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Pakistan is removed from the FATF’s grey list.

Pakistan is no longer on the Financial Action Task Force's (FATF) grey list because of the country's efforts to stop money laundering and the funding of terrorism.


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The Financial Action Task Force (FATF) put out a statement praising Pakistan’s efforts to stop terrorists from getting money.

In order for Pakistan to be removed from the grey list in 2018, the FATF issued a 27-point action plan. In June of 2022, Pakistan completed all 27 objectives early.

However, FATF issued a second action plan in June 2021, and it was expected to be finished by January 2023. Pakistan finished with a combined 34 points in June 2022, a full year early.

In light of Pakistan’s successful completion of all 34 action plans, the Financial Action Task Force (FATF) has decided to remove the country from its grey list.

To begin, what is the FATF?

To break it down, FATF serves three primary functions:

In an effort to prevent the spread of illicit funds,

In order to put a stop to funding terror organizations,

To stop the spread of nuclear weapons by cutting off their funding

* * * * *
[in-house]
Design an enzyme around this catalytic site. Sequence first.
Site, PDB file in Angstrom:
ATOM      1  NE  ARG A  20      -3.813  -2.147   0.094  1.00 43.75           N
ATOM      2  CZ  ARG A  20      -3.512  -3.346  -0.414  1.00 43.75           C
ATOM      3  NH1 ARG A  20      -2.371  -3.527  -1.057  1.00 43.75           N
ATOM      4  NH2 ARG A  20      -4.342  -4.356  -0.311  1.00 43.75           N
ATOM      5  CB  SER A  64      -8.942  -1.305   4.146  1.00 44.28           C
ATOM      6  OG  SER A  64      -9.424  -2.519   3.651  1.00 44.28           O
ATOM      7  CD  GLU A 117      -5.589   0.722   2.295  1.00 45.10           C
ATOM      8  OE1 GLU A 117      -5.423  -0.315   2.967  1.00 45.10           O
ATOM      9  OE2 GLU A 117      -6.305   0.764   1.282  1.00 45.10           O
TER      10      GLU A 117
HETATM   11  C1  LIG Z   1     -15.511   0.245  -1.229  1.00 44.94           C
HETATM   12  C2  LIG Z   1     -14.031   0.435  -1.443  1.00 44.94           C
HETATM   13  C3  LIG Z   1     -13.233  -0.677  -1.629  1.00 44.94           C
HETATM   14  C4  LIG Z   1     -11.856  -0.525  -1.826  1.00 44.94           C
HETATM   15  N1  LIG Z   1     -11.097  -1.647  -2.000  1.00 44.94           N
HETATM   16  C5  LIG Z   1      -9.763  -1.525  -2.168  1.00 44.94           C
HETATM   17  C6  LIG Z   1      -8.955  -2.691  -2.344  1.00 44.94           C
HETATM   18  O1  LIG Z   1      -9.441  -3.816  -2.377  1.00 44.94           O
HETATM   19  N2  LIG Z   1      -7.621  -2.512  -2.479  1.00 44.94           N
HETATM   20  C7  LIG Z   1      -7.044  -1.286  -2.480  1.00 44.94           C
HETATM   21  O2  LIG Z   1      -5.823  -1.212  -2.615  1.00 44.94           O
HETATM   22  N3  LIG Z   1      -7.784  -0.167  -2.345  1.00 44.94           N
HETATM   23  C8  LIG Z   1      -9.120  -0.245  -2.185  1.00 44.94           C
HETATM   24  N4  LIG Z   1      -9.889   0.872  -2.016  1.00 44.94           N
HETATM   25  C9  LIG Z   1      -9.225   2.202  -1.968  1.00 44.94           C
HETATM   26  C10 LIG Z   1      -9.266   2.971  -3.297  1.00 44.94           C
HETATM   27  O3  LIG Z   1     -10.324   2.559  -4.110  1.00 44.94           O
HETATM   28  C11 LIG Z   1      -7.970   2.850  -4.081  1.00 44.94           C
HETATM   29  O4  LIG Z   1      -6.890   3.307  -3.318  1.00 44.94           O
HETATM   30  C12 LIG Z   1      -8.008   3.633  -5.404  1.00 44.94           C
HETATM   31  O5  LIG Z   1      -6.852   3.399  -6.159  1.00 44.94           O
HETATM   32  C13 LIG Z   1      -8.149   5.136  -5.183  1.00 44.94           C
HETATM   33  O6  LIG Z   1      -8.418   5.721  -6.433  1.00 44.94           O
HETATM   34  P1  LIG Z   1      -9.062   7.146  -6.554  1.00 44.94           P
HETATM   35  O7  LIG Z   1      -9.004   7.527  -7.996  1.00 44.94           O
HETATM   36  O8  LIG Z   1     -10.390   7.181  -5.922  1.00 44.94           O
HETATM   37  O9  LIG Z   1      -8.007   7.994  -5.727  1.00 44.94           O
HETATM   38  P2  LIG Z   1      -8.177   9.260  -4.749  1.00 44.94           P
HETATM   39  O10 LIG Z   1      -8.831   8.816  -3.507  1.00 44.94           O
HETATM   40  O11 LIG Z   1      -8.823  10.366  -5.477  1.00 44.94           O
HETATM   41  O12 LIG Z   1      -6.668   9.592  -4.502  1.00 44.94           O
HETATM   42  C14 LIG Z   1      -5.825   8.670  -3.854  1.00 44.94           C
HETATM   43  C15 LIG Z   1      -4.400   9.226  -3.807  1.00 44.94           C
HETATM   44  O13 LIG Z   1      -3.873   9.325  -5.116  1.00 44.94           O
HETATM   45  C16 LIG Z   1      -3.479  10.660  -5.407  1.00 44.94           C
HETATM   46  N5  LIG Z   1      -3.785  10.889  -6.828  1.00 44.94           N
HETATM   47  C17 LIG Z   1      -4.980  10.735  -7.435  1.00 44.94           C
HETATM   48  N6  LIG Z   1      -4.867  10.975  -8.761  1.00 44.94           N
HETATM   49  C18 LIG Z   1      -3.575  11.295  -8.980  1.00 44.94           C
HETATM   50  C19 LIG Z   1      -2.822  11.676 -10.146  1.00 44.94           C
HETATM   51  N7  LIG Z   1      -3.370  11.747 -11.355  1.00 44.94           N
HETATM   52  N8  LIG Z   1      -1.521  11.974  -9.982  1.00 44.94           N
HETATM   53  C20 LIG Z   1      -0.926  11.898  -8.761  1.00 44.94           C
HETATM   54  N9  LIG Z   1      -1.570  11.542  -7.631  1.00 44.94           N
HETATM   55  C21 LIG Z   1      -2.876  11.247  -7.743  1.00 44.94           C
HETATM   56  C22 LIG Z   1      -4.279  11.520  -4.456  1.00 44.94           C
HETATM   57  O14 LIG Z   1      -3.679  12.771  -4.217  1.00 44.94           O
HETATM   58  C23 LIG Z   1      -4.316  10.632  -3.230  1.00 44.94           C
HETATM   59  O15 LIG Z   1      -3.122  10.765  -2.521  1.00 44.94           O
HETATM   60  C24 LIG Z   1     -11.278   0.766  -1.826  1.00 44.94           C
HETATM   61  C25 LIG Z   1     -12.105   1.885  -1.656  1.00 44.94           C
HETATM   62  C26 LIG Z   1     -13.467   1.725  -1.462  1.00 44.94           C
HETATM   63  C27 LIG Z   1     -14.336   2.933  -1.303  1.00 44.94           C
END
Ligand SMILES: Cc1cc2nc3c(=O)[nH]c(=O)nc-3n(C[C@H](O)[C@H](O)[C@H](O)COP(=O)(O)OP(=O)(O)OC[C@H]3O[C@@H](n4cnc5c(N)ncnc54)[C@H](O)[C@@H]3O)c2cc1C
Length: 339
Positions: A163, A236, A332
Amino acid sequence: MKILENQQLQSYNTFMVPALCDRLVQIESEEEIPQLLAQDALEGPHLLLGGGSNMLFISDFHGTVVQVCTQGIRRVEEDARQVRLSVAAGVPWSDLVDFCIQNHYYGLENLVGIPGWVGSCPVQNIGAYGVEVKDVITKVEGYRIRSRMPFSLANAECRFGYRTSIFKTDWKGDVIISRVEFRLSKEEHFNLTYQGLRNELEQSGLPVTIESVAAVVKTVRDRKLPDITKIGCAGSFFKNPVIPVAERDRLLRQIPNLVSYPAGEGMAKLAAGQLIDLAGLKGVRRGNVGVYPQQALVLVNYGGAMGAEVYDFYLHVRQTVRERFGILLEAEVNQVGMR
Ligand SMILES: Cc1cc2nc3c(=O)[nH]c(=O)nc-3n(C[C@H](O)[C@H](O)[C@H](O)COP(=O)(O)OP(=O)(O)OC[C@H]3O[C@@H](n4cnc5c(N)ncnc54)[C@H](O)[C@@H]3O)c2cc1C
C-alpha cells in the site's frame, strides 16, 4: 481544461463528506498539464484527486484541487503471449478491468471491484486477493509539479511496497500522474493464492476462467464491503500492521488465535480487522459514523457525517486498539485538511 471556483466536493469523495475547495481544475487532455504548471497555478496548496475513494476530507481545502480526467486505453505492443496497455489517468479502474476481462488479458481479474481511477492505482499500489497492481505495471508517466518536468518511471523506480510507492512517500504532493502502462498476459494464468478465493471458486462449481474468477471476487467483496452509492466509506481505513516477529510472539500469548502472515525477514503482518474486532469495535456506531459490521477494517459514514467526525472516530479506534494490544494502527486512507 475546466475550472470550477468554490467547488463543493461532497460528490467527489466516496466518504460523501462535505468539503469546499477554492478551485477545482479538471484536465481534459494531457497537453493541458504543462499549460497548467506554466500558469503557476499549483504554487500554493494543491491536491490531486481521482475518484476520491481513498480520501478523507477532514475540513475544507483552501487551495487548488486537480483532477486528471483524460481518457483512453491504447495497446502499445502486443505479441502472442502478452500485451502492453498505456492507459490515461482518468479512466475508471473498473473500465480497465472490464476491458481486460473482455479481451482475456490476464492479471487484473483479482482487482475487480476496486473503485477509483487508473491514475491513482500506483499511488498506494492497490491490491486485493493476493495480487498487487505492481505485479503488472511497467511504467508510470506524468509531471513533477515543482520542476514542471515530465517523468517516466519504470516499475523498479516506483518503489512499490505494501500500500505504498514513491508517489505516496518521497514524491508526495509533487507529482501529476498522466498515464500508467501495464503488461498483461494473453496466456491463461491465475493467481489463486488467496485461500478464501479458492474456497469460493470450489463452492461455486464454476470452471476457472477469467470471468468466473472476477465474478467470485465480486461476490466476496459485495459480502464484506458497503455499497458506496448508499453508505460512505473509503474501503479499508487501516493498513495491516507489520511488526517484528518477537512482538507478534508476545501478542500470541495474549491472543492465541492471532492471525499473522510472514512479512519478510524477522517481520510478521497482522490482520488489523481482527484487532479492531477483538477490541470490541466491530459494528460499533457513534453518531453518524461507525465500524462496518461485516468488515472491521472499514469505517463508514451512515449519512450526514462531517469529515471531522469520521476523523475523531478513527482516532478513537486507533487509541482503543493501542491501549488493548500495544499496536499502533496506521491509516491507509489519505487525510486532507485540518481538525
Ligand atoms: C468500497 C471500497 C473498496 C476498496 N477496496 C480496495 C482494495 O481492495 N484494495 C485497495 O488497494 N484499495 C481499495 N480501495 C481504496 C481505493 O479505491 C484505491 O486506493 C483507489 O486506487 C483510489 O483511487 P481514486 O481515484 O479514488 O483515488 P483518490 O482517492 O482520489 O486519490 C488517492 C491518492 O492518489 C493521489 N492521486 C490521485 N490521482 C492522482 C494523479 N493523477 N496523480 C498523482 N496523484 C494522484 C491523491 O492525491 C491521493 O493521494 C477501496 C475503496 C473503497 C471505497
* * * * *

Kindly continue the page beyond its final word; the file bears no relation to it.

The grey list of the FATF is what?

When the Financial Action Task Force (FATF) puts a country on its “greylist,” it means that the country will be closely watched to see if it is doing enough to stop money laundering and financing of terrorism.

This means that in order to get off the naughty list, the countries in question will need to make greater efforts and implement measures to deal with the problem in question.

Pakistan’s history with the FATF is fraught, and this is not the first time the country has appeared on the organization’s controversial grey list.

On three separate occasions, Pakistan was included among the least desired. We were included in 2008, but by 2012, we had been taken off. In 2012, FATF relegated Pakistan to its grey list, but in 2015, it was taken off. Pakistan has been on the FATF grey list three times, with the most recent stint beginning in 2018.

Some of the results of having your IP address greylisted are as follows:

Financial aid is hard to come by due to reluctance from donors like the World Bank and the International Monetary Fund.

The investors become wary of putting money into a country with a weak economy, and the economy begins to contract.

Negative stock market trends can result from the insufficient investment.

As the value of the local currency declines, inflation, and the trade deficit rise.

When trading partners avoid doing business with countries on the “grey list,” everyone loses.

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